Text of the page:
From: "Biographical Review of Cass, Schuyler and
Brown Counties, Illinois 1892", by Biographical Review Publishing
Company, Chicago, Illinois; pages 201202, a reprinted by Stevens
Publishing Co., Astoria, Ill., 1971, is sold by the Schuyler County
Historical Society, Rushville, Illinois.
William C. Bollman, Postmaster at Browning, is a native of Pike
county, Illinois, born March 13, 1839. His parents were John and
Rebecca (Hedgen) Bollman. Both were natives of Ohio and came to
Illinois in 1837, locating in Pike county, where the father died in
1850, and the mother died in Quincy, of the cholera, when it was raging
there. There were seven children by this marriage, and two by the
former one. The brothers and sisters of William were: Michael,
deceased; our subject was the next child; Samuel, still living in Pike
county, married; John, deceased; Orville, deceased; Sarah Massey of
Fulton county, Illinois; Mary O., married; Aaron Finton resides near
Pittsfield, Illinois, The other two are dead.
William grew to manhood in Pike county, and married there Miss
Amanda Preston, of Ohio. Her parents were John and Hannah Preston. The
father died when Mrs. Bollman was a child, but the mother died in
Browning with her daughter, Mrs. Bollman.
Mr. Bollman farmed for many years in Pike county, and then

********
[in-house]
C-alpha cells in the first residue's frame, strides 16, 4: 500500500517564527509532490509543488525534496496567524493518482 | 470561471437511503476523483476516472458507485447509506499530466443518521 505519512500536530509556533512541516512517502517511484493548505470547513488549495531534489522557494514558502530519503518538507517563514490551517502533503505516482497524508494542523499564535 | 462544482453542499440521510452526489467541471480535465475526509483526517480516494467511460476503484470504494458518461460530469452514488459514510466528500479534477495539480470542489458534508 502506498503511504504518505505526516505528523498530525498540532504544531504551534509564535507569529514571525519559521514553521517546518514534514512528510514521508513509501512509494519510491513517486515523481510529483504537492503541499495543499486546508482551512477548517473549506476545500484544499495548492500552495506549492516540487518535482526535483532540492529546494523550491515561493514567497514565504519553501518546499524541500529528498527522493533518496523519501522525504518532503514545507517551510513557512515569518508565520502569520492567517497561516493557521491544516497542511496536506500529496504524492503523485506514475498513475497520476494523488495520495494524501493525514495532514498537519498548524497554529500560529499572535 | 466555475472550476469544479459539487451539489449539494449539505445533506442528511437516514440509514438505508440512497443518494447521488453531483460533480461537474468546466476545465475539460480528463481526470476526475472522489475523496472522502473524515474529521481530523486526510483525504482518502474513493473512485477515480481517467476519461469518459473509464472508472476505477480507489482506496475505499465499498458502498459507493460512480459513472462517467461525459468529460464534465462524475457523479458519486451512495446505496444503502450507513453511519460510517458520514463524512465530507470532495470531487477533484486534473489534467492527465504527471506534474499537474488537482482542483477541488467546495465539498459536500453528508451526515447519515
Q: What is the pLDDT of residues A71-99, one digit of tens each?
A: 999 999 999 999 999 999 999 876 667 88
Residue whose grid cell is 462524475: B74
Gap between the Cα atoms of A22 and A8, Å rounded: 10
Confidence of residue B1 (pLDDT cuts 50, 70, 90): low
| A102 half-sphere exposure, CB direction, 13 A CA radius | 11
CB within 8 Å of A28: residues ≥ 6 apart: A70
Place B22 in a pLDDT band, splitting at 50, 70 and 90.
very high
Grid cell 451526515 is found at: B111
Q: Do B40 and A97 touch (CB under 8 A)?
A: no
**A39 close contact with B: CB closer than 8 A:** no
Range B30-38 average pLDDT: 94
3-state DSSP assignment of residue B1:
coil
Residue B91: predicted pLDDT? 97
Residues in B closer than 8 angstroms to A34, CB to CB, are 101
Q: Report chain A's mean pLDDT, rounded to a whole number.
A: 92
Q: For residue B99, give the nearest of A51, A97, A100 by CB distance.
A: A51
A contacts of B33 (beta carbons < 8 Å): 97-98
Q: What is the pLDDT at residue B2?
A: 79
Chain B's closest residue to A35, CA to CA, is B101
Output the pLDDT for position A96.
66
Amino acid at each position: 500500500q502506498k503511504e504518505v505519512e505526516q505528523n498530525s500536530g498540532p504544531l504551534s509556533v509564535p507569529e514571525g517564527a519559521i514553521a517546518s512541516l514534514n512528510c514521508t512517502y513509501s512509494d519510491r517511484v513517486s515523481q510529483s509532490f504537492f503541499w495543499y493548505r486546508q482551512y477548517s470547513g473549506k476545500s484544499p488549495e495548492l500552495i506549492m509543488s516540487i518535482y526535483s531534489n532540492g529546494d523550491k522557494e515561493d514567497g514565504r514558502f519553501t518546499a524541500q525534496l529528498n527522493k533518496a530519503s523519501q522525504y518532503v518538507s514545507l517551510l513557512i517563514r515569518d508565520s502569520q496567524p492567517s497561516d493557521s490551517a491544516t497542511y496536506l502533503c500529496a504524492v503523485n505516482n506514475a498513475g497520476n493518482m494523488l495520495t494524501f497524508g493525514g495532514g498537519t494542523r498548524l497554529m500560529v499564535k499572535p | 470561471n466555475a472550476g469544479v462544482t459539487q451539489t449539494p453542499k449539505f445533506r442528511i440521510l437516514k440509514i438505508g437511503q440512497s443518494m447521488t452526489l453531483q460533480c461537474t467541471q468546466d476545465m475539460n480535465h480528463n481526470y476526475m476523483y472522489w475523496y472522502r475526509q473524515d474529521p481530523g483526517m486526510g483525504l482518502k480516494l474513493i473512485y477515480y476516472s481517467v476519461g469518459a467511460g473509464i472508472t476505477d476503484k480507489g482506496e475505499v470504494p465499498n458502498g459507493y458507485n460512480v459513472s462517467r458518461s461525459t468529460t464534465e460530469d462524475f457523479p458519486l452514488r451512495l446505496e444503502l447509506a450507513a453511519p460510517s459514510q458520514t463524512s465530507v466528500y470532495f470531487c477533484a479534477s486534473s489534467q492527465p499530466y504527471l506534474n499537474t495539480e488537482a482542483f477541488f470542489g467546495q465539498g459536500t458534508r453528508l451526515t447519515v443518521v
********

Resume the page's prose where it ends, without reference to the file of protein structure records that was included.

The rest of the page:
removed to Browning, Schuyler county, where he lived until 1861, when
he enlisted in Company H, Third Illinois Cavalry, as a private, and
became Quarter Master Sergeant of his regiment. He served four years
and two months, and participated in the battles of Pea Ridge; was with
Sherman when he made the attack on Haines' Bluff, at Vicksburg; was at
the capture of Arkansas Post, and from thence to Hollow Springs,
Mississippi; did scouting duty in Mississippi, and afterward had a
serious engagement at Gravelly Springs, Tennessee, and he was also
engaged in many other skirmishes and battles of less importance. After
the surrender of the rebel armies, the regiment was sent across the
plains to award the Indians, and remained there until October, 1865.
They were mustered out at Minneapolis, October 10, 1865. Mr. Bollman
returned to Browning, and engaged in farming, and remained in that
business until 1887, when he engaged in mercantile business. He was
appointed Postmaster in 1890, and still holds that position.
Mr. and Mrs. Bollman have had nine children, but only one of
that number is living, Frank, now twenty-three years of age, is married
and resides in Beardstown, Illinois. The Bollman family are of German
and Irish origin. Mr. Bollman is a Republican, though he entered the
army as a Democrat, but changed his views while in the service, and has
faithfully voted with the Republican party ever since. He is a member
of the G.A.R., also of the I.O.O.F., Browning Lodge, No. 309. He is a
P.G., and has represented his lodge for two years at the Grand Lodge of
the State. Mr. and Mrs. Bollman are members of the Methodist Episcopal
Mr. Bollman was not the only member of his family who served in
the late war; a brother, Samuel, served three years in the Ninety-ninth
Illinois Infantry. Both escaped injury, except to general health.